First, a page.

In Sun Ship, Inc. the Court held that a state "may apply its workers' compensation scheme to land-based injuries that fall within the coverage" of the LHWCA. 447 U.S. at 716, 100 S. Ct. at 2432. After reviewing the events leading up to the enactment of the original version of the Act in 1927, the Court stated that Congress, in expanding shoreward the coverage of the Act, did not intend to diminish the sphere of permissible state compensation coverage in the "twilight zone" of coexistent state and federal jurisdiction. Thus, the Court reaffirmed the "regime of concurrent jurisdiction" established by Davis v. Department of Labor, supra, and Calbeck v. Travelers Insurance Co., supra :

Absent any contradicting signal from Congress, the principles of Davis v. Department of Labor, supra, and of Calbeck v. Travelers Insurance Co., supra, direct the conclusion that the 1972 extension of federal jurisdiction supplements, rather than supplants, state compensation law. Given that the pre-1972 Longshoremen's Act ran concurrently with state remedies in the "maritime but local" zone, it follows that the post-1972 expansion of the Act landward would be concurrent as well.

Sun Ship, Inc. v. Pennsylvania, supra, 447 U.S. at 719-20, 100 S. Ct. at 2436. The Court therefore held that Pennsylvania could properly apply its state compensation system to injuries occurring in the expanded situs of the LHWCA.

Churchill now argues that the reaffirmation of Davis and Calbeck renders unnecessary any application of the "situs and status" test of P. C. Pfeiffer Co. v. Ford, 444 U.S. 69, 100 S. Ct. 328, 62 L. Ed. 2d 225 (1980), whenever the injury occurs in the course of employment on navigable waters. In other words, an employee engaged in construction on the water is necessarily engaged in "maritime employment" within the meaning of the Act, and no inquiry into his status is necessary. Thus, Churchill would have us apply the "situs and status" test of Ford where the injury occurs in the expanded contiguous zone described in § 903(a) and a simpler "situs" test where the injury occurs in the course of a job on navigable waters, as it did in Davis and Calbeck.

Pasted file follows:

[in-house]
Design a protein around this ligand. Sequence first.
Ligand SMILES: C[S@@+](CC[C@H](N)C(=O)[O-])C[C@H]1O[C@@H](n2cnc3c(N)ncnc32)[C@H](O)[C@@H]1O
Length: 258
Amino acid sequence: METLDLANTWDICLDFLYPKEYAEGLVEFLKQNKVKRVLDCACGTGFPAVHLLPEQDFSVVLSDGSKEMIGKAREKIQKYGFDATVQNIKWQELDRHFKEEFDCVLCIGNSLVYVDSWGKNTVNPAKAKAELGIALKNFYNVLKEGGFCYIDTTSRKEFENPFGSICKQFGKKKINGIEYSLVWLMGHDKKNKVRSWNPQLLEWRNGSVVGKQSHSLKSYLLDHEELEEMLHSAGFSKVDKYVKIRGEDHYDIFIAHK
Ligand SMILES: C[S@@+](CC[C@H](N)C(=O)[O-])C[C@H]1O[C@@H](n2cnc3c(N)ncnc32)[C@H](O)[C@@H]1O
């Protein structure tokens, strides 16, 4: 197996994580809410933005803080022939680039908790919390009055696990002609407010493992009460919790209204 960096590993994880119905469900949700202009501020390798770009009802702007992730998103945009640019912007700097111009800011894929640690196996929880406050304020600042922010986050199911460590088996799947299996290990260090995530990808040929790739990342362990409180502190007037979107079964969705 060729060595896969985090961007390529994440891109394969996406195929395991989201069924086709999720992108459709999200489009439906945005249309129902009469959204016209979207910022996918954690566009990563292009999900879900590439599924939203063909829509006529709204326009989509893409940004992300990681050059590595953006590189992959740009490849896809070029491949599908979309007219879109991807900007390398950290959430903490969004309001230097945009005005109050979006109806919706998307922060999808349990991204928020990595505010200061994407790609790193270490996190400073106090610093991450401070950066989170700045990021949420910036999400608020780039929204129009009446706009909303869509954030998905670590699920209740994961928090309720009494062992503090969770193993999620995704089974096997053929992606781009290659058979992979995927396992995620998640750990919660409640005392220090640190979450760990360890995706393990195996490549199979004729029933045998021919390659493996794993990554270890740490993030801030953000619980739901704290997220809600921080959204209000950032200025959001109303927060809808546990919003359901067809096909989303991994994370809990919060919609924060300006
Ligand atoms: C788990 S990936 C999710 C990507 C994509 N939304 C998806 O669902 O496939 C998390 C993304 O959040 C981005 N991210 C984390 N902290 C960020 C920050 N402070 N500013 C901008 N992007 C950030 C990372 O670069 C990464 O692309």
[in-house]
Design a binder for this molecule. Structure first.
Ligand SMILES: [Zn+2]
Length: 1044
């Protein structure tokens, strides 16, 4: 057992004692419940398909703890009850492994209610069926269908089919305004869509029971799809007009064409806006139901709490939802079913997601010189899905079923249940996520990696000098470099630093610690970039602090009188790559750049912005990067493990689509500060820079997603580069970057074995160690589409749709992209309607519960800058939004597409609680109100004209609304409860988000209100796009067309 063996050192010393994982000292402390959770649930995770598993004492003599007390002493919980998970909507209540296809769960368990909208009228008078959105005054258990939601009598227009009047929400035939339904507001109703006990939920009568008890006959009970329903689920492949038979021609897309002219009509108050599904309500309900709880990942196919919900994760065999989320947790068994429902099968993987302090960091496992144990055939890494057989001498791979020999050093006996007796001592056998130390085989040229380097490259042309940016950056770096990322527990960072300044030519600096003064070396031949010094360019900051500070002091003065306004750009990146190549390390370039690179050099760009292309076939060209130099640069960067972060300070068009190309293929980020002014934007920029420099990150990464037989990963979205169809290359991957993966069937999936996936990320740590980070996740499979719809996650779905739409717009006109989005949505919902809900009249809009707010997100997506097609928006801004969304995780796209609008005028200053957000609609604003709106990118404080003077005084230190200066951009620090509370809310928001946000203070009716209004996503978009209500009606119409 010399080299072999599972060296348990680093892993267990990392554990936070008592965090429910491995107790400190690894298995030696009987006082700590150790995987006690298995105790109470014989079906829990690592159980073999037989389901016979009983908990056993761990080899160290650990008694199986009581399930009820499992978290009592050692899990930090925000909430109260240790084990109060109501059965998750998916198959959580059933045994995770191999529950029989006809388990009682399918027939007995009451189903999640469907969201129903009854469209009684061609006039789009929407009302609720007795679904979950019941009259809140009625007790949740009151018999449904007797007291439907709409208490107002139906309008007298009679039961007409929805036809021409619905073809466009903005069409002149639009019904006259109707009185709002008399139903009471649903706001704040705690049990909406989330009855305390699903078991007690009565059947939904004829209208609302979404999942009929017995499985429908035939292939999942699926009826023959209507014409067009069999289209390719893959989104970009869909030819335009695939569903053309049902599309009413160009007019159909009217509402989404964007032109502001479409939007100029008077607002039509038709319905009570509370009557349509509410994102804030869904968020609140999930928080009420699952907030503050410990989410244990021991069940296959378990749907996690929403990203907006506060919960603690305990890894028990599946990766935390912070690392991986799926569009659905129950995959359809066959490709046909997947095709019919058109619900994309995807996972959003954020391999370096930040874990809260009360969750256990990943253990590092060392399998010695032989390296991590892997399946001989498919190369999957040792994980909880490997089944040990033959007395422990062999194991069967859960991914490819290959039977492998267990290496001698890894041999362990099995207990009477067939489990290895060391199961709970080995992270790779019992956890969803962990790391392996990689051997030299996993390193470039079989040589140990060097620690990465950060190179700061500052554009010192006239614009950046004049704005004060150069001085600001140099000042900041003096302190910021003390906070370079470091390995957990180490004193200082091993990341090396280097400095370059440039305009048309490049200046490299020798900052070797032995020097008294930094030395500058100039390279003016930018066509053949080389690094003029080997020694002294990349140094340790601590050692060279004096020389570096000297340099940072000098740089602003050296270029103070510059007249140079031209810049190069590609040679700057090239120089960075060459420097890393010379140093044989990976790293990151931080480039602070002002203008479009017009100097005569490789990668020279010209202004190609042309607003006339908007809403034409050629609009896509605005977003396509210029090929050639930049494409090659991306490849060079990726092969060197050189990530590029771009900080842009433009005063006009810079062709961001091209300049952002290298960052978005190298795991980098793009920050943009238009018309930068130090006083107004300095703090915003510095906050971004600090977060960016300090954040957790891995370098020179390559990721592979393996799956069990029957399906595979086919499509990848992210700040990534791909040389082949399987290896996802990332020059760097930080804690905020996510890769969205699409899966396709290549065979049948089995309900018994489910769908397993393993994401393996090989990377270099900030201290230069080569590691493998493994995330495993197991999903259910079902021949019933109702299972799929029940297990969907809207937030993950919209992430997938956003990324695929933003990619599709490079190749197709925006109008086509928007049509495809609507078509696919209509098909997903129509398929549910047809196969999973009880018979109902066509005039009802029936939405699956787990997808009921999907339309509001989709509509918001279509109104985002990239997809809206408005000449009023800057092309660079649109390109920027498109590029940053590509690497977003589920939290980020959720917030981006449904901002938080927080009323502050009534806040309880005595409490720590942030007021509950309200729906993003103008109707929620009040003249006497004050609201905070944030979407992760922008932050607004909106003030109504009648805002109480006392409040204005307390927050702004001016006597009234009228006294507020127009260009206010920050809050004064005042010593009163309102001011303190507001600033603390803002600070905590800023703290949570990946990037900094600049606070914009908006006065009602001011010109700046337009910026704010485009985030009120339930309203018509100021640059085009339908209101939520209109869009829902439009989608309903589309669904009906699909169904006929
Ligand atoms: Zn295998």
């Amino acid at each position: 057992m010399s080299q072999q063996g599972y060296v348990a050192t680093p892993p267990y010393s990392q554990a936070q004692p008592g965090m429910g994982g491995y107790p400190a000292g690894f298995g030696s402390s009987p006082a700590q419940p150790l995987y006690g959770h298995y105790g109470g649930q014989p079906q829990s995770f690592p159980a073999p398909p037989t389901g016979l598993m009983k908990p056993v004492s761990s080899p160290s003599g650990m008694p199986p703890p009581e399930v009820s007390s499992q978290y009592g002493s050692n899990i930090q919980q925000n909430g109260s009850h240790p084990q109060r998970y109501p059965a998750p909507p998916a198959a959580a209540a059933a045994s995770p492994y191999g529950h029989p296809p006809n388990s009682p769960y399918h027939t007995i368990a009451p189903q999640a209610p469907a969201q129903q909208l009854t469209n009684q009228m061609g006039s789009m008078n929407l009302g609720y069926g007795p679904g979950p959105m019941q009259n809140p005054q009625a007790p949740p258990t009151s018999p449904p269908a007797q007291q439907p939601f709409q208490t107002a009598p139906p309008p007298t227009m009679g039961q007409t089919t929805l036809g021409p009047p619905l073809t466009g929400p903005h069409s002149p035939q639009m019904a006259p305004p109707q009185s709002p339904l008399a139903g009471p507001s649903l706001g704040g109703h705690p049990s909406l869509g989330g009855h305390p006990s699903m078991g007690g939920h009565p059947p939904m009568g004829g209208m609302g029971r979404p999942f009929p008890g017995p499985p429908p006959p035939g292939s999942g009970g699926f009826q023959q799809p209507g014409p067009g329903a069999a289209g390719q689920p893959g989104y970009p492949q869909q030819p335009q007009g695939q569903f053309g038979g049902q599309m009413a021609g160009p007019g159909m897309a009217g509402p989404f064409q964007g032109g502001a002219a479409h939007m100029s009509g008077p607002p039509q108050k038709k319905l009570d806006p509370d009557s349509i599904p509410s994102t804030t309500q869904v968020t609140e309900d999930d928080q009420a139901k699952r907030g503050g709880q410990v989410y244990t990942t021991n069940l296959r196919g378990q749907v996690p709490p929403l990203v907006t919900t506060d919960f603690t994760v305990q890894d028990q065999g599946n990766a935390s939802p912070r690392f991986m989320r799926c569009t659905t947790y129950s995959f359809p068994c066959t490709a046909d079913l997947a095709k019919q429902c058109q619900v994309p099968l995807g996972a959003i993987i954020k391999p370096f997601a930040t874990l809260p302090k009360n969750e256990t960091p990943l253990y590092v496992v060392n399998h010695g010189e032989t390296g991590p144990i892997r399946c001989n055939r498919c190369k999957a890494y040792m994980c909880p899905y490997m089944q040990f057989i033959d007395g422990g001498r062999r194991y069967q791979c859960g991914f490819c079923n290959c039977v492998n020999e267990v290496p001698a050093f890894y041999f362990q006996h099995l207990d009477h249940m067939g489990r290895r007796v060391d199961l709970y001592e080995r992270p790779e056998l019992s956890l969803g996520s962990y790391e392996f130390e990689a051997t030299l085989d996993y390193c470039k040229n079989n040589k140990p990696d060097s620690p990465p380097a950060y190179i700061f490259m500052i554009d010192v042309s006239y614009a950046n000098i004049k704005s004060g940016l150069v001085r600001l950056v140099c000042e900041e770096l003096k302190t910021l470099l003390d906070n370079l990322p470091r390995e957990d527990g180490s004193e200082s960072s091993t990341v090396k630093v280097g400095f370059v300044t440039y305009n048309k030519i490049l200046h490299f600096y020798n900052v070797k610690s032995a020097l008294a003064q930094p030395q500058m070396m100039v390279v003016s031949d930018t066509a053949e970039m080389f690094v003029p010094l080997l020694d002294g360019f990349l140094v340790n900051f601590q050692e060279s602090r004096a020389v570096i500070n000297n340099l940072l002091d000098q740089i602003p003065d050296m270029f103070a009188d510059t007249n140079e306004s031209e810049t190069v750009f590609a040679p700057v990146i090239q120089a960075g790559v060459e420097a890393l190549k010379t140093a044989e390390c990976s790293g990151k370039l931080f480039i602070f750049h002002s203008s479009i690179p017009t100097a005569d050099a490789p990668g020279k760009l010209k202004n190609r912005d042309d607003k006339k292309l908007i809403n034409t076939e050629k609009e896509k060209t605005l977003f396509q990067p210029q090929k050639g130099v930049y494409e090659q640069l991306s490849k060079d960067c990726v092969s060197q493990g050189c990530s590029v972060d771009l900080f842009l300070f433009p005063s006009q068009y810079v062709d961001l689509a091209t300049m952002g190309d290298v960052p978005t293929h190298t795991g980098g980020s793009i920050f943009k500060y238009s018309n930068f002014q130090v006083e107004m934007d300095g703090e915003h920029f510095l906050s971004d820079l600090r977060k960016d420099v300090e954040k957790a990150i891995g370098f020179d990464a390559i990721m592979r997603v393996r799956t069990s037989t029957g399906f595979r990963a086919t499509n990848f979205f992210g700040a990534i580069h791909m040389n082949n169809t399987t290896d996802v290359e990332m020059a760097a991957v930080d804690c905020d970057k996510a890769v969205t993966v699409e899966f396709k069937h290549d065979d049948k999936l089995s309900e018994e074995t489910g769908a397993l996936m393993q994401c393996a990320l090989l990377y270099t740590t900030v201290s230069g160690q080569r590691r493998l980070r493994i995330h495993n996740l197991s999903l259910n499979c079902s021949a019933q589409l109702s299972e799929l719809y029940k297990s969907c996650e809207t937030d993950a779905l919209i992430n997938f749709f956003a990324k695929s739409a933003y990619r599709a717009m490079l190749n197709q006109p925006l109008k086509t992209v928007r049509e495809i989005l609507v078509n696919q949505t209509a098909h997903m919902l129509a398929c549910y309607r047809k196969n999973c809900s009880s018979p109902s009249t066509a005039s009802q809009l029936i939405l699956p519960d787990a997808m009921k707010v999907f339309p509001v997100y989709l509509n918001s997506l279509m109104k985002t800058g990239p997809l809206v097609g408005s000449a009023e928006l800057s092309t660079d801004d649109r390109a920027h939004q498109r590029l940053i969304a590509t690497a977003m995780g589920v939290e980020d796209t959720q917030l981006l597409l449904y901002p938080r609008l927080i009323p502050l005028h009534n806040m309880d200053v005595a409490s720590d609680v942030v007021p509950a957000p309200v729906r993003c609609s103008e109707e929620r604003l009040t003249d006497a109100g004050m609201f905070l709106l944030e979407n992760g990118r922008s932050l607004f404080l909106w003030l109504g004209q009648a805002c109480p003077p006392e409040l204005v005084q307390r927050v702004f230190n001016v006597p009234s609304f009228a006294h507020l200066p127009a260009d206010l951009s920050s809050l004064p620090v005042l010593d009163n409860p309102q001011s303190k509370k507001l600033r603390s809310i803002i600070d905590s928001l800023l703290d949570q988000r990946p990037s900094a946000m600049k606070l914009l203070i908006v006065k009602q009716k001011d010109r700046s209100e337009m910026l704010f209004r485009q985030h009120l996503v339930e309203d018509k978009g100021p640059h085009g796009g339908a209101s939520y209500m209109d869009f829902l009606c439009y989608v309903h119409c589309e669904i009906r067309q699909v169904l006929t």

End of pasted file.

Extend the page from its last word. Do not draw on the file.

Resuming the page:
While the question is certainly not free from doubt, we decline to read Sun Ship, Inc.'s reaffirmation of Davis and Calbeck as creating such a dramatic change in the analytical framework set forth in Ford less than a year earlier. Indeed, Justice Brennan, writing for the Court in Sun Ship, Inc., stated that "(t)he line that circumscribes the jurisdiction of the LHWCA" is a "compound of "status' and "situs'." 447 U.S. at 725, 100 S. Ct. 2439, 65 L. Ed. 2d 458. Sun Ship, Inc. held only that nothing in the 1972 Amendments precludes a state from offering compensation to an employee who is admittedly covered under the expanded situs of the Act. The distinct question of which employees are covered under the Act is controlled by the analysis set forth in P. C. Pfeiffer Co. v. Ford, supra, and applied by this Court in Fusco II. See also Weyerhaeuser Co. v. Gilmore, 528 F.2d 957 (9th Cir. 1975), cert. denied, 429 U.S. 868, 97 S. Ct. 179, 50 L. Ed. 2d 148 (1976). We do not read Sun Ship, Inc. as suggesting that the Ford analysis should not apply to injuries occurring on the water itself. We therefore adhere to our reasoning in Fusco II.

We have carefully reviewed the substantive contentions of Churchill and the Solicitor of Labor and have concluded that each argument is foreclosed by the decision of this Court in Fusco II. Since we do not feel that Sun Ship, Inc. has eroded the validity of Fusco II, the petition for review is denied.